| by Jason Warburg

Recent news from members of the Monterey community and around the world.


›› International media coverage of North Korea’s January 5 nuclear test highlighted the perspectives and insights of experts at the Institute’s James Martin Center for Nonproliferation Studies (CNS), including Ferenc Dalnoki-Veress, Jeffrey Lewis, Melissa Hanham, and Miles Pomper. Outlets featuring quotes from or interviews with CNS experts included the New York Times, the Wall Street Journal, the Washington Post, BBC News, CNN, Reuters, the Associated Press, HuffPost Live, and National Public Radio.

›› Former dean and current adjunct professor Wilhelm (Bill) Weber shared the news that alumnus Adrian Delgado MATI ’93 had the opportunity to meet Pope Francis last fall while Delgado was interpreting for United Nations Secretary-General Ban Ki-moon. Bill also shared news from the December climate talks in Paris, where Pascale Ledeur-Kraus MATI ’83 and Julien Brasseur MATI ’02 produced the French translation of Bill Gates’ paper on his initiative on energy innovation, under the supervision of Maureen Sweeney MPA ’94, a principal at Tiller Language Services in Seattle.

›› The release of Jonathan Pollard after 20 years in prison for delivering highly classified U.S. intelligence materials to Israeli operatives produced numerous op-ed commentaries, including one in the Al-Monitor referencing Professor Avner Cohen’s description of Mordechai Vanunu, convicted in Israel of revealing secrets about Israel’s nuclear program, as the “original Edward Snowden.”

›› Several alumni, including Prof. Christiane Abel MATI ’96, Prof. Laura Burian MATI ’95, and Prof. Barry Olsen MACI ’99, served as interpreters for the August 31 glacier Conference in Anchorage, Alaska, featuring speakers including President Barack Obama and Secretary of State John Kerry. The Conference on Global Leadership in the Arctic: Cooperation, Innovation, Engagement and Resilience, or glacier, highlighted international and domestic priorities in the Arctic.



›› Three faculty members from the Nonproliferation and Terrorism Studies program were among the invited speakers at a workshop held at Oxford University in September 2015. Professors William Potter, Avner Cohen, and Jeff Knopf gave talks at a workshop titled “Re-Imagining the Global Nuclear Order,” cosponsored by the American Academy of Arts and Sciences, Stanford University, and Oxford University. The conference brought together leading experts from around the world on the topics of nuclear weapons and global governance.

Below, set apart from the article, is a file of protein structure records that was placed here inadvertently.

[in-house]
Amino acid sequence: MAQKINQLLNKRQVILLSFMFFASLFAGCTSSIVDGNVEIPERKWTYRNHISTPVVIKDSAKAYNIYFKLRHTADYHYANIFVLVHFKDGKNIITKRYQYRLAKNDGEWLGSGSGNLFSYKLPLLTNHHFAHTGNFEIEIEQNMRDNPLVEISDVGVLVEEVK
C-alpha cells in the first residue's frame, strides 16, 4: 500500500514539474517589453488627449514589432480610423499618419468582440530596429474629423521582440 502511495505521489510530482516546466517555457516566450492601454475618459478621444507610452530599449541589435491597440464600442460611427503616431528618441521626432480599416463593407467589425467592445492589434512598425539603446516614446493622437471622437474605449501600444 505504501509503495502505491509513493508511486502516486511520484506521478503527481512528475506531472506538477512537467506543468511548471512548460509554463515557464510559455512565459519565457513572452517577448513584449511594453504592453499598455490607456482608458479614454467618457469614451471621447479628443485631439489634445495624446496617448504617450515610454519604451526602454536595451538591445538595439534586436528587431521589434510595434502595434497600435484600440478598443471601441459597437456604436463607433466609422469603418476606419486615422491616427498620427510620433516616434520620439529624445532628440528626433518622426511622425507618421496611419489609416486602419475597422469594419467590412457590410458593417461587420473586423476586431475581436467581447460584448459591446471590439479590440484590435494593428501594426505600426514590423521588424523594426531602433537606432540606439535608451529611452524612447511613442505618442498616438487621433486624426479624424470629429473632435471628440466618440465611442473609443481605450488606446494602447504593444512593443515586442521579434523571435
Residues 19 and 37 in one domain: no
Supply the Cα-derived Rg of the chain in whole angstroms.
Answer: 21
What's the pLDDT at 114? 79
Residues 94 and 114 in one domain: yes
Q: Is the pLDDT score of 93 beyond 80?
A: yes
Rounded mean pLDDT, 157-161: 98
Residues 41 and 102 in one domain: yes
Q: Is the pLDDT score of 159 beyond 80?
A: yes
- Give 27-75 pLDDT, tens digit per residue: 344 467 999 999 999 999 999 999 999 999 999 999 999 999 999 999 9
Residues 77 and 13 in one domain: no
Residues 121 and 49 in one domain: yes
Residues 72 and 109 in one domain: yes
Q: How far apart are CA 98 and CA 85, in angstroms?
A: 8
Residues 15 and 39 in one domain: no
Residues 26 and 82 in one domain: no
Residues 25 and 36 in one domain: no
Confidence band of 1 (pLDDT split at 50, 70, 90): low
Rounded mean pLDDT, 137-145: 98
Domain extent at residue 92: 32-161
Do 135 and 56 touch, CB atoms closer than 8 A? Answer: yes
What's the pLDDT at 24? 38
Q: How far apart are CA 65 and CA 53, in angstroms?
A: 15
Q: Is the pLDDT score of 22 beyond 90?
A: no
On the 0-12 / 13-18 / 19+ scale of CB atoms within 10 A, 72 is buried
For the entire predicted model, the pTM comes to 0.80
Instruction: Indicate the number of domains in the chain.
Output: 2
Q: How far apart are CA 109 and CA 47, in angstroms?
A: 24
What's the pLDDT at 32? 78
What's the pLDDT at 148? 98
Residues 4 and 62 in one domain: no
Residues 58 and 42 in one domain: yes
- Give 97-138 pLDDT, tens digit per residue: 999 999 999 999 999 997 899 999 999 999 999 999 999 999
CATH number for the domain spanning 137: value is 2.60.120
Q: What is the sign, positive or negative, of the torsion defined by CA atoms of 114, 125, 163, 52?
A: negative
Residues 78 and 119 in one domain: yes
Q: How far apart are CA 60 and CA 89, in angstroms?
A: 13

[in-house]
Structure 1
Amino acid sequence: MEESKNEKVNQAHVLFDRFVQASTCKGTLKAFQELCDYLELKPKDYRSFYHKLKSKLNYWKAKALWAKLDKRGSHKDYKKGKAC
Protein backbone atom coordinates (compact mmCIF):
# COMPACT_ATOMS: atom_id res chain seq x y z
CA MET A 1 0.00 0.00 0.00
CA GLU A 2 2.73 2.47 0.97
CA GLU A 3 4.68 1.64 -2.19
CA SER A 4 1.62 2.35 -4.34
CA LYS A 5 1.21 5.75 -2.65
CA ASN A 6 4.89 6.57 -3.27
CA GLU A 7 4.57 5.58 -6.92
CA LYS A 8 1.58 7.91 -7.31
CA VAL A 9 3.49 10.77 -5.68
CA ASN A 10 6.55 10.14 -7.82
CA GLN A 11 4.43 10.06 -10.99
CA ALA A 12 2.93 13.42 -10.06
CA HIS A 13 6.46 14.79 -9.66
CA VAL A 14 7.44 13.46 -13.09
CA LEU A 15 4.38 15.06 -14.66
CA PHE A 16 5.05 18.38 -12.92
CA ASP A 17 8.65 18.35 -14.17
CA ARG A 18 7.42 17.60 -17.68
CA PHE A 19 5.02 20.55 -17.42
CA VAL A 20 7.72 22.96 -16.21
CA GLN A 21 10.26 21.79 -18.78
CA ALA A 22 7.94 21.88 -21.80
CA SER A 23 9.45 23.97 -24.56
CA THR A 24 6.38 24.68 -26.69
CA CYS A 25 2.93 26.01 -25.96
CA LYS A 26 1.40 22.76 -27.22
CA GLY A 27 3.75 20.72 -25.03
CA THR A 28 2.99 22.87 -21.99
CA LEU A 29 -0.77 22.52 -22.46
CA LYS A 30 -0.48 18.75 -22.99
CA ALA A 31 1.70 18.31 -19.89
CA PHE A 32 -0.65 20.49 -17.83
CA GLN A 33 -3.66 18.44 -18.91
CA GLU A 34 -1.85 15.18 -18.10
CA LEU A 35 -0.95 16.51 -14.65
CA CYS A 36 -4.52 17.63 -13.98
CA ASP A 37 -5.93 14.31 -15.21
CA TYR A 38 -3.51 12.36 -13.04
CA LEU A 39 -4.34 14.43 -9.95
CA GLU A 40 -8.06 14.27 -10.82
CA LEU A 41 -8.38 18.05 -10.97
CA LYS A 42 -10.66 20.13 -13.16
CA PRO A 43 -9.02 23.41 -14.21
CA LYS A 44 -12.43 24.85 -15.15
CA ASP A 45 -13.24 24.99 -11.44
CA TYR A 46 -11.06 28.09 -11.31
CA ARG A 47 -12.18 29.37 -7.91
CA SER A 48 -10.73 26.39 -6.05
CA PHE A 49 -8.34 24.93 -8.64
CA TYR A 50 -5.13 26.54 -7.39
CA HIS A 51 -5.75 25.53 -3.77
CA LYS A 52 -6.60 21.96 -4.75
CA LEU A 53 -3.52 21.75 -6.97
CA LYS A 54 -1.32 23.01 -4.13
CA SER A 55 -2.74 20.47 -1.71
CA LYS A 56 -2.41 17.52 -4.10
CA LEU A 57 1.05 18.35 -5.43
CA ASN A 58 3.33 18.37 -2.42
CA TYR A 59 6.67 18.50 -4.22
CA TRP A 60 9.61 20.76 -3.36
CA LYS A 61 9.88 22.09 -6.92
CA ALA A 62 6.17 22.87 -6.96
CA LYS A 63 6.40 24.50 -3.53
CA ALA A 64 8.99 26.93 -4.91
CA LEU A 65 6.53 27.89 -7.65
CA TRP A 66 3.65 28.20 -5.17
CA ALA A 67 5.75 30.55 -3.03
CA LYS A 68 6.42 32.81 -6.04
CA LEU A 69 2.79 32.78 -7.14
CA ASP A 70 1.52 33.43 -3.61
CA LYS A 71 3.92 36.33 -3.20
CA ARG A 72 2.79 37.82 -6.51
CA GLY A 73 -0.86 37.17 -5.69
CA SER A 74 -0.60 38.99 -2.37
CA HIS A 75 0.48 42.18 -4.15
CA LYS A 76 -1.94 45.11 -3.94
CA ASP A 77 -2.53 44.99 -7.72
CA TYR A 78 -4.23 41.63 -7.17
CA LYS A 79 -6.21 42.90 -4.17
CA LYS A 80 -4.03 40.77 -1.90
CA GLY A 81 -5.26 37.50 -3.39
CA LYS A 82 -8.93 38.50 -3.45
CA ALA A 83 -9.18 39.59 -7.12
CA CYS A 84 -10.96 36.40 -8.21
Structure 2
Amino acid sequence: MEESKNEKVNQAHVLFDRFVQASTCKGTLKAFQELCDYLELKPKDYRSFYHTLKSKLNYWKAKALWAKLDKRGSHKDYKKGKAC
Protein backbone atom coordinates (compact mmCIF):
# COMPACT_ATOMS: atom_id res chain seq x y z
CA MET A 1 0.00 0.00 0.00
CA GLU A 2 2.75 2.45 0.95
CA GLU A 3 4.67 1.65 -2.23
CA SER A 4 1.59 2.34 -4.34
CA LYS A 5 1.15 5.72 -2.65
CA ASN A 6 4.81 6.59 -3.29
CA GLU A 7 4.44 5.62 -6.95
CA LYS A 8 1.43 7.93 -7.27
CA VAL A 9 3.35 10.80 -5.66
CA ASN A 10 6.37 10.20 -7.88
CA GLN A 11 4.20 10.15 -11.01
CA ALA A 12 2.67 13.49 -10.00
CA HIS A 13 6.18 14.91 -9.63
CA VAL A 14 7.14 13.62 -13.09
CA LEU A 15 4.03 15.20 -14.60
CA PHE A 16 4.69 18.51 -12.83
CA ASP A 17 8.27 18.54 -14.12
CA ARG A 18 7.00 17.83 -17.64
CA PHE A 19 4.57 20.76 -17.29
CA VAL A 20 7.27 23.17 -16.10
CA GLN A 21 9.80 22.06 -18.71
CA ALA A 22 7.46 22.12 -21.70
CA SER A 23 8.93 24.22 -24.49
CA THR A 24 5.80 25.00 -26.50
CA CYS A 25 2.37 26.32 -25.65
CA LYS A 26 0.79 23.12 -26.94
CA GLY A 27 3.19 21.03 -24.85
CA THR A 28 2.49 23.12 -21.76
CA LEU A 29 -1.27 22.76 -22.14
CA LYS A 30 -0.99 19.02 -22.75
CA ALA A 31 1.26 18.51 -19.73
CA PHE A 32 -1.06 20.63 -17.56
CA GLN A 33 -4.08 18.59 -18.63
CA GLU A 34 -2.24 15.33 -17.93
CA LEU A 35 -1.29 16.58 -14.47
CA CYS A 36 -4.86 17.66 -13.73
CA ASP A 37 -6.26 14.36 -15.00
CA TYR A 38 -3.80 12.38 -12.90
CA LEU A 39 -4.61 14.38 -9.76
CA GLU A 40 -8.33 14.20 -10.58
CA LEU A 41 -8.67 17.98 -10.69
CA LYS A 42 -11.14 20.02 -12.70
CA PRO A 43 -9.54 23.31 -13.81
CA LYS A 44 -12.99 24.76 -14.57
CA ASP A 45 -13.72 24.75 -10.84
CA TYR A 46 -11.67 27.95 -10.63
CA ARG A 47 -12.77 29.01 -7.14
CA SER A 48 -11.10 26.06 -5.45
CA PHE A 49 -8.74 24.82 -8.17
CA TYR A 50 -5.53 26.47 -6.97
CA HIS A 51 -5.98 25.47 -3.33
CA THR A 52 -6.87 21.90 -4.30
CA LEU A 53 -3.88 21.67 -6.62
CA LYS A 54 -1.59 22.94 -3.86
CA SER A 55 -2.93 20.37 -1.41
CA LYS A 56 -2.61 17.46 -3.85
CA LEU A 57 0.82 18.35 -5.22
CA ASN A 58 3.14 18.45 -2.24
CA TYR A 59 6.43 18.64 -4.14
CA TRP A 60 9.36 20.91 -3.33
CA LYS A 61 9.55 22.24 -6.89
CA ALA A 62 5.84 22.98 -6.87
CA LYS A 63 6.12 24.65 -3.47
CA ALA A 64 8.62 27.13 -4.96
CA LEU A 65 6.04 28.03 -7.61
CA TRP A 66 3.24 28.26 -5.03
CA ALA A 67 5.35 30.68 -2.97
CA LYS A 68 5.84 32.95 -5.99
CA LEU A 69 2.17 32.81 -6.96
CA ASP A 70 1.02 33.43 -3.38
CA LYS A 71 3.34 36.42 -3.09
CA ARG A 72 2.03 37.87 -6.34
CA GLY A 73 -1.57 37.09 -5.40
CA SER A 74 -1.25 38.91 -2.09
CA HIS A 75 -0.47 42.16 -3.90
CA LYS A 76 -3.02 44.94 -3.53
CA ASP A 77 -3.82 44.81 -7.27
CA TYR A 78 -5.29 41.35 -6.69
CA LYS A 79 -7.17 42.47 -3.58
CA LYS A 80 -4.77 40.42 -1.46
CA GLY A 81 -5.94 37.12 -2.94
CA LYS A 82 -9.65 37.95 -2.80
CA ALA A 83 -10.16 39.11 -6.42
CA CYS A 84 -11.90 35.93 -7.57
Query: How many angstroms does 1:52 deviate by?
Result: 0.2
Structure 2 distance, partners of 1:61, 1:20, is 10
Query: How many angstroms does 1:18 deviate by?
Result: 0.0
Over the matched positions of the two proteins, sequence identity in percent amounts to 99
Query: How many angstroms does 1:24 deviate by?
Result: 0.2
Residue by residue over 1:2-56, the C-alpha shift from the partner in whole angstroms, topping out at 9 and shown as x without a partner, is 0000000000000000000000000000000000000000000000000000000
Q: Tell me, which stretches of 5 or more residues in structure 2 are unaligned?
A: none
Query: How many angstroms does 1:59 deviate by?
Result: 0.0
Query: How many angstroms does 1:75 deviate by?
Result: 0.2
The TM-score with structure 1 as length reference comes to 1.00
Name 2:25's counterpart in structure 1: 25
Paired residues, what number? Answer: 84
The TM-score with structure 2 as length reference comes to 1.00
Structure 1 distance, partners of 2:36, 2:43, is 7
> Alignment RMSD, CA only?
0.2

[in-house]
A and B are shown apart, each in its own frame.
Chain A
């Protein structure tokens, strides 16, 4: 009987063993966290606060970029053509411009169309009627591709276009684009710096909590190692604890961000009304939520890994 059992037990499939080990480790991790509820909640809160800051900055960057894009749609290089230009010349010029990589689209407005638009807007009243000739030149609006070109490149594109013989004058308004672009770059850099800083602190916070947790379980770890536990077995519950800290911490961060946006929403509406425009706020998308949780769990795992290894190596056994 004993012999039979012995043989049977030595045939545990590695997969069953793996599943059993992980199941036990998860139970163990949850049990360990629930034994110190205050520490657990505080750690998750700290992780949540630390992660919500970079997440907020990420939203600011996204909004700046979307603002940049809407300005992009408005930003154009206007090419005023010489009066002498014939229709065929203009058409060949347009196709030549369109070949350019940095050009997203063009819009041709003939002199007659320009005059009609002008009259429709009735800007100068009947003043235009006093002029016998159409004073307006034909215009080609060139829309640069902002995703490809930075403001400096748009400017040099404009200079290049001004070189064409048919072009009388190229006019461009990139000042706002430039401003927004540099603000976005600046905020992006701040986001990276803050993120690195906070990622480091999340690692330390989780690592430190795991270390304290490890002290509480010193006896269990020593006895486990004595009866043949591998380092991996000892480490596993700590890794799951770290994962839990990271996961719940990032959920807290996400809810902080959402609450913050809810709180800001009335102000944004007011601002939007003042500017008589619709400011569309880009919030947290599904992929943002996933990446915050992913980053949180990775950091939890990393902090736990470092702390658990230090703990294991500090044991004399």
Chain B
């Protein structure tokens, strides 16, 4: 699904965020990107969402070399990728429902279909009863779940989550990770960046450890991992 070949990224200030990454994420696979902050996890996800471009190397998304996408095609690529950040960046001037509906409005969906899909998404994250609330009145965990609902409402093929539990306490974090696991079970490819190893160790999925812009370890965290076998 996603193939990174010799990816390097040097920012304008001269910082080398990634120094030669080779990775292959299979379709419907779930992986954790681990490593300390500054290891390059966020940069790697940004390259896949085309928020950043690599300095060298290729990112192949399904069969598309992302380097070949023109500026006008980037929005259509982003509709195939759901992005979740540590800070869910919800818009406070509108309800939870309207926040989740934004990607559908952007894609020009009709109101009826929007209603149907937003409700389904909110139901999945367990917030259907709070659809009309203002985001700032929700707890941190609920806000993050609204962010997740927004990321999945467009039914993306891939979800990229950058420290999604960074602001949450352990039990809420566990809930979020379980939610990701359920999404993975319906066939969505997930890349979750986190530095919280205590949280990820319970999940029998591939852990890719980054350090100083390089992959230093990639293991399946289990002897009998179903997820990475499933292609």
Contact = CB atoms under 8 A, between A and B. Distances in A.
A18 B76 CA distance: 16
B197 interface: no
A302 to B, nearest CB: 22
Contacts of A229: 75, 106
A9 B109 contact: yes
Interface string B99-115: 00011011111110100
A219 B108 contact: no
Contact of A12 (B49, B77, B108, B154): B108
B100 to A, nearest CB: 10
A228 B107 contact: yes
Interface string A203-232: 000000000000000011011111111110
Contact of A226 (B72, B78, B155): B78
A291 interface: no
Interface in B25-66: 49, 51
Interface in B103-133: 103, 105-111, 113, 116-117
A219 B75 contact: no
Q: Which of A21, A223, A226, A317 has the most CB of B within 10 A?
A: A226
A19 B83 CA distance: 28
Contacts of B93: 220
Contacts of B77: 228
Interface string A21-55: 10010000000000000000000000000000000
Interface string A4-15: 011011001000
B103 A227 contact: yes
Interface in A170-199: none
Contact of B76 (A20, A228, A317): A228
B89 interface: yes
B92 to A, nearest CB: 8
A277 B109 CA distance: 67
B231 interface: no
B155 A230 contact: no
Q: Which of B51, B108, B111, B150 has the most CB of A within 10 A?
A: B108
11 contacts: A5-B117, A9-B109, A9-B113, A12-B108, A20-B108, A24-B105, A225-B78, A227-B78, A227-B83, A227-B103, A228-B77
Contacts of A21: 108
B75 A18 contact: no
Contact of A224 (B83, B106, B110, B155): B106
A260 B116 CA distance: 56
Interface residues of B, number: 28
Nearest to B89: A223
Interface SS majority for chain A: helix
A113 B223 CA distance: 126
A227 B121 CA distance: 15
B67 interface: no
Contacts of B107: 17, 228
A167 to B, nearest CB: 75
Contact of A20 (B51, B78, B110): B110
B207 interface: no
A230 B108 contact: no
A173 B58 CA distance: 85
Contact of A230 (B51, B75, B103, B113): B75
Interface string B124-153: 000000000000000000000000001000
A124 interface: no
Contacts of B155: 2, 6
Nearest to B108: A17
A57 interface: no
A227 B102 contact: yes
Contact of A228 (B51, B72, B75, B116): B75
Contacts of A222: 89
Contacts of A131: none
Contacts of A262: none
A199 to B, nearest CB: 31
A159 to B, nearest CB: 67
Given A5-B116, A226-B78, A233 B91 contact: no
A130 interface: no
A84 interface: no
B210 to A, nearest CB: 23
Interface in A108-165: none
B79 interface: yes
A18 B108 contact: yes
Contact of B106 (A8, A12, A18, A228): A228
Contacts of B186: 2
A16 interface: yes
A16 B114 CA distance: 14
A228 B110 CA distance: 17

›› Professor Laura Burian MATI ’98 represented the Middlebury Institute at the inauguration of new Middlebury President Laurie Patton in Vermont last October. In her remarks, Prof. Burian told the audience that, “We at the Institute are delighted and honored to be the newest member of the Middlebury family because we share so many values with our Middlebury colleagues here in Vermont and around the world. We all strive to educate global citizens who can bridge cultural, organizational, disciplinary, and linguistic divides to produce sustainable and equitable solutions to global challenges.”

›› Chen Kane, the director of the Middle East Nonproliferation Project at CNS, and Philipp Bleek, an assistant professor with the Institute and a fellow at CNS, co-led a Washington, D.C., workshop cosponsored by CNS and titled “Elimination of Weapons of Mass Destruction (WMD)—Lessons Learned.” The workshop engaged more than 40 government officials and nongovernmental experts and covered strategic, diplomatic, legal, technical, and inter- and intra-agency dynamics related to WMD elimination, as well as a number of case studies.


Awards and Achievements

›› Three students—Sarah Bidgood MANPTS ’16, Meagan Braun MBA/MAIEP ’15, and Miranda Diebel MBA/MAIPS ’15—were among 20 American and 20 Russian students selected to participate in Stanford University’s U.S.- Russia Forum. The program began with a fall conference in Moscow and will include eight months of work on collaborative research projects, culminating in a spring capstone conference at Stanford University. Meagan and Sarah have combined their participation at the Stanford program with professional field research supported by the Institute’s graduate initiative in Russian studies.